Social media, and the bombardment of unpleasant news, can create a sense of despair. With innumerable things going wrong, you may feel like nothing is in your control, thereby turning to unhealthy eating habits as a form of solace.
Undoubtedly, financial stress can wreak havoc on the best of us, causing numerous people to spiral. In such cases of stress, you may turn to food, believing that you are turning towards the one constant source of sustenance, when you are, in fact, forging a dangerous relationship with your intake.
Relationship and family problems are massive triggers that impact different people in many ways. Additionally, changes in the validation you receive from loved ones can lead to varying levels of stress.
Contrary to popular belief, while emotional eating due to stress is not categorized as physical hunger, there can be physical factors that contribute to the same. For example, stress-induced high cortisol levels can lead to increased appetite. Physical causes also manifest in the form of cravings for unhealthy sources of food.
Getting back on track
As with all damaging patterns, you can break free from the cycle of emotional eating due to stress. There are numerous ways in which this can be done.
Identify the problem:
Similar to other forms of healing, understanding the root cause becomes imperative while combating emotional eating. Ask all the right questions. Address why you’re stressed, and whether or not mindless eating will help solve the problem and be beneficial in the long run. Adopt a problem-solving approach. If all of that seems overwhelming, simply understand the situation at hand and resolve to commit to small steps that lead you to a bigger goal.
If you do feel the need to reach for food, swap out the snacks that will harm you for food items that are actually nutritious and healthy. For instance, when you’re craving something salty, opt for lightly salted popcorn instead of a grease-filled bag of chips. Snack on fruit instead of your go-to candies. You can even choose sources of food that fight stress, such as dark chocolate, nuts, and vegetables. If you know a highly stressful event is coming up, or you feel yourself slipping, create an emergency snack pack filled with portioned amounts of beneficial food items. The smallest changes can yield promising results.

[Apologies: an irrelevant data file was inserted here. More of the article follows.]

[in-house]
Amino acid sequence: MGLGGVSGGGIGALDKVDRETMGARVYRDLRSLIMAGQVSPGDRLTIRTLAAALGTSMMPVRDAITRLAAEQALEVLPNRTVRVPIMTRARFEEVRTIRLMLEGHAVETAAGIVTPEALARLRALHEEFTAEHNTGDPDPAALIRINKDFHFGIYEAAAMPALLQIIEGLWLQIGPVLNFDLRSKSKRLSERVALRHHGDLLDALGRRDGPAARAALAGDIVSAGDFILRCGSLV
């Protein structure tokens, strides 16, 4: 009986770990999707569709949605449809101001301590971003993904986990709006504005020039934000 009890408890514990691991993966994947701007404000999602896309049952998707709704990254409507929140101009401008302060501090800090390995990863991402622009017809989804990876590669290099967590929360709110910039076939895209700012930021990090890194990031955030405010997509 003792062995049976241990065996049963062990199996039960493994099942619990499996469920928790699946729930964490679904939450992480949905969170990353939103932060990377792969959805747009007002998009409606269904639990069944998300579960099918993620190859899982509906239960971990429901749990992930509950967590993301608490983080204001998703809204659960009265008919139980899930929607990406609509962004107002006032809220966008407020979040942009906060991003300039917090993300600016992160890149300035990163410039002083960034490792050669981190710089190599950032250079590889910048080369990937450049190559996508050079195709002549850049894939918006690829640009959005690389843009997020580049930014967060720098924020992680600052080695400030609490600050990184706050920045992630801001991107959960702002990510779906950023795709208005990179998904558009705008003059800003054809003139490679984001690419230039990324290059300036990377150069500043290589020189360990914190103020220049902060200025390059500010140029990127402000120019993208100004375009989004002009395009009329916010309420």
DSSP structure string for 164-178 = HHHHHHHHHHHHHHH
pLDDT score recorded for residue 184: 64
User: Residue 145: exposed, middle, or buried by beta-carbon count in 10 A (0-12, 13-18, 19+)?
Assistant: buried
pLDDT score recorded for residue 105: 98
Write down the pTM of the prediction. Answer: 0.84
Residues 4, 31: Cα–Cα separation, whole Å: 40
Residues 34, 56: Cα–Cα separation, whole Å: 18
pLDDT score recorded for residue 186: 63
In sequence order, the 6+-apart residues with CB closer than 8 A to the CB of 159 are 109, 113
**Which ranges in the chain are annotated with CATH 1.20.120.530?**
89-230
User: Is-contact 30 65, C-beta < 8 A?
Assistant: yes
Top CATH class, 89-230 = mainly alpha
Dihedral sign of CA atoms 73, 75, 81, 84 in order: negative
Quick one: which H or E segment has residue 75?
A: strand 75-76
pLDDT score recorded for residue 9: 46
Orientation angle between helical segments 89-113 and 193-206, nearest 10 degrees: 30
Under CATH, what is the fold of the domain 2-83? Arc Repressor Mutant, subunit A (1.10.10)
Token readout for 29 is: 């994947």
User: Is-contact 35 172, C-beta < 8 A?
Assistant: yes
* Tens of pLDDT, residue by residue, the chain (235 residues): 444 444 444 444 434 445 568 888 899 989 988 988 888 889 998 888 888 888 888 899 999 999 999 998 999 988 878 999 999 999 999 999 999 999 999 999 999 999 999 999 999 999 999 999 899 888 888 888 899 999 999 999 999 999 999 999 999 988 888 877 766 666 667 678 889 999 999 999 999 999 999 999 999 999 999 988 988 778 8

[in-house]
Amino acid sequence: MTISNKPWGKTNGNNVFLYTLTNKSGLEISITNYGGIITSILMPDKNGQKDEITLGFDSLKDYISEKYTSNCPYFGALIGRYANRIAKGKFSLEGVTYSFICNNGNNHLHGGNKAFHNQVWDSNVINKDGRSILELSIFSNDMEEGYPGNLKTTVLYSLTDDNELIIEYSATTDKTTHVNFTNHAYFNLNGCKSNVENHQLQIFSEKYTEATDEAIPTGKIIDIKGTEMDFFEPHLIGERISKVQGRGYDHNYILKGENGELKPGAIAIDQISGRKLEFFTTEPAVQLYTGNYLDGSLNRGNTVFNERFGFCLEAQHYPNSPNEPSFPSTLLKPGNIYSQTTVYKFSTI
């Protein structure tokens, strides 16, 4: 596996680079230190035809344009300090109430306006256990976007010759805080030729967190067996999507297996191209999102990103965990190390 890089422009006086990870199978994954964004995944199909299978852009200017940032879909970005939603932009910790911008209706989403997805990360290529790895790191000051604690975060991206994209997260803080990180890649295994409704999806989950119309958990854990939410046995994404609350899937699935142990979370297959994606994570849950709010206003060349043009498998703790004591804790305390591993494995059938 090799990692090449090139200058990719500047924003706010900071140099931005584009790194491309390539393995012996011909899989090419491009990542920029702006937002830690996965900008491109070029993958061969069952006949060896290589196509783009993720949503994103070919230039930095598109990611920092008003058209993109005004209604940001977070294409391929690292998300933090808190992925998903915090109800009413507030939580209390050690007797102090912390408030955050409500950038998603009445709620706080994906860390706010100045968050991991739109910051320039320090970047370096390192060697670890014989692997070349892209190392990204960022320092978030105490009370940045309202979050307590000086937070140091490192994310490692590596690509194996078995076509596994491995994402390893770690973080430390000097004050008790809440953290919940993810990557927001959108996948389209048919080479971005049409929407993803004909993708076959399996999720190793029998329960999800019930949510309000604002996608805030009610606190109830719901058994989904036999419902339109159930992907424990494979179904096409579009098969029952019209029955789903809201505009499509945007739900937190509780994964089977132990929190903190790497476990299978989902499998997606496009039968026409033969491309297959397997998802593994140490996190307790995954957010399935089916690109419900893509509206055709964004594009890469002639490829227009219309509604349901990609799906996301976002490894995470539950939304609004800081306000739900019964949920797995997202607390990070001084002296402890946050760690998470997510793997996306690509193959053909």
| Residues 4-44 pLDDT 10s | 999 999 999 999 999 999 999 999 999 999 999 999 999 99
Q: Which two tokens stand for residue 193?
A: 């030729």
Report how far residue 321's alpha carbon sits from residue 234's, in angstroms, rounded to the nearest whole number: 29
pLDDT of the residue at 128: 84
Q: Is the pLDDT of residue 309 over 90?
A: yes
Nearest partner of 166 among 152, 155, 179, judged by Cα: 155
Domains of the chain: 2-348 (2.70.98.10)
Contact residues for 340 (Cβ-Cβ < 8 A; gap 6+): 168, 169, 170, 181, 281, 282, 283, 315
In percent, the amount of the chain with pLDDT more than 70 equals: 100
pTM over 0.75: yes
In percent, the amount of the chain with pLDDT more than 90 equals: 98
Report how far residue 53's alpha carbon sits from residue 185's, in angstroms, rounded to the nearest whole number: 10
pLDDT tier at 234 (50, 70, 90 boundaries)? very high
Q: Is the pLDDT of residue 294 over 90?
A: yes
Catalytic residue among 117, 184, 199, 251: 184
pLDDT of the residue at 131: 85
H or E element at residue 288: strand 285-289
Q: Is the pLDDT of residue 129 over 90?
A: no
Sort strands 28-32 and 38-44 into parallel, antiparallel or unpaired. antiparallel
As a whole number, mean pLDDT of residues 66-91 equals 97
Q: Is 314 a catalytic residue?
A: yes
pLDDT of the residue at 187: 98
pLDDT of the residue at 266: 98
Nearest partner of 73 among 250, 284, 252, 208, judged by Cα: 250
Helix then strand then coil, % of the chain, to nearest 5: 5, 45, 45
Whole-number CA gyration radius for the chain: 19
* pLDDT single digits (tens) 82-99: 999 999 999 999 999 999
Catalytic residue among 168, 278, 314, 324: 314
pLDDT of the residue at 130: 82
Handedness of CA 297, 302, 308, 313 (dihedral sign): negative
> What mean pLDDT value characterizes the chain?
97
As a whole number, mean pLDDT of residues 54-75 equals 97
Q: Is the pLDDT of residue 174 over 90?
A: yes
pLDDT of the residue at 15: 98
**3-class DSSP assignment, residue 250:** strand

Maintain a diary:
Noting down quantities of what you eat, and when you’re consuming food can be of great help. Not only will this help you create possible links that can then be worked on, but it will also double as a diary, where you can log how you feel after a snack, and revisit the entry to avoid or chase a certain emotion. The Healthi app, for instance, can double as a valuable food diary, where you can add details of your intake, alongside any additional notes that you may feel are imperative to jot down.
Deal with your stress:
As easy as it is to state this, dealing with stress is a behemoth of a battle. However, with meditation and yoga applications at your fingertips, alongside resources that can help improve your mental health, you can begin to tackle the issue at its root, head-on.
Adopt healthy habits:
If you find yourself reaching for food in times of boredom, or when you’re sitting idle, use that time to do something that positively impacts your body and stress levels. Go for a light jog, converse with a friend, or opt for creative hobbies.
A harmful relationship with food caused by stress is a serious matter. Should you find yourself slipping constantly, or turning to emotional eating more and more, seek professional help immediately.
To conclude, stress ties into emotional eating, and can leave behind an impact that may be hard to curtail.
However, nipping this unfortunate tie is not impossible, and a willingness to create a constructive alliance with stress and food is already a great start. One way to build this alliance is to follow a diet plan customized to your lifestyle. Take the Healthi quiz to learn what kind of diet will suit you.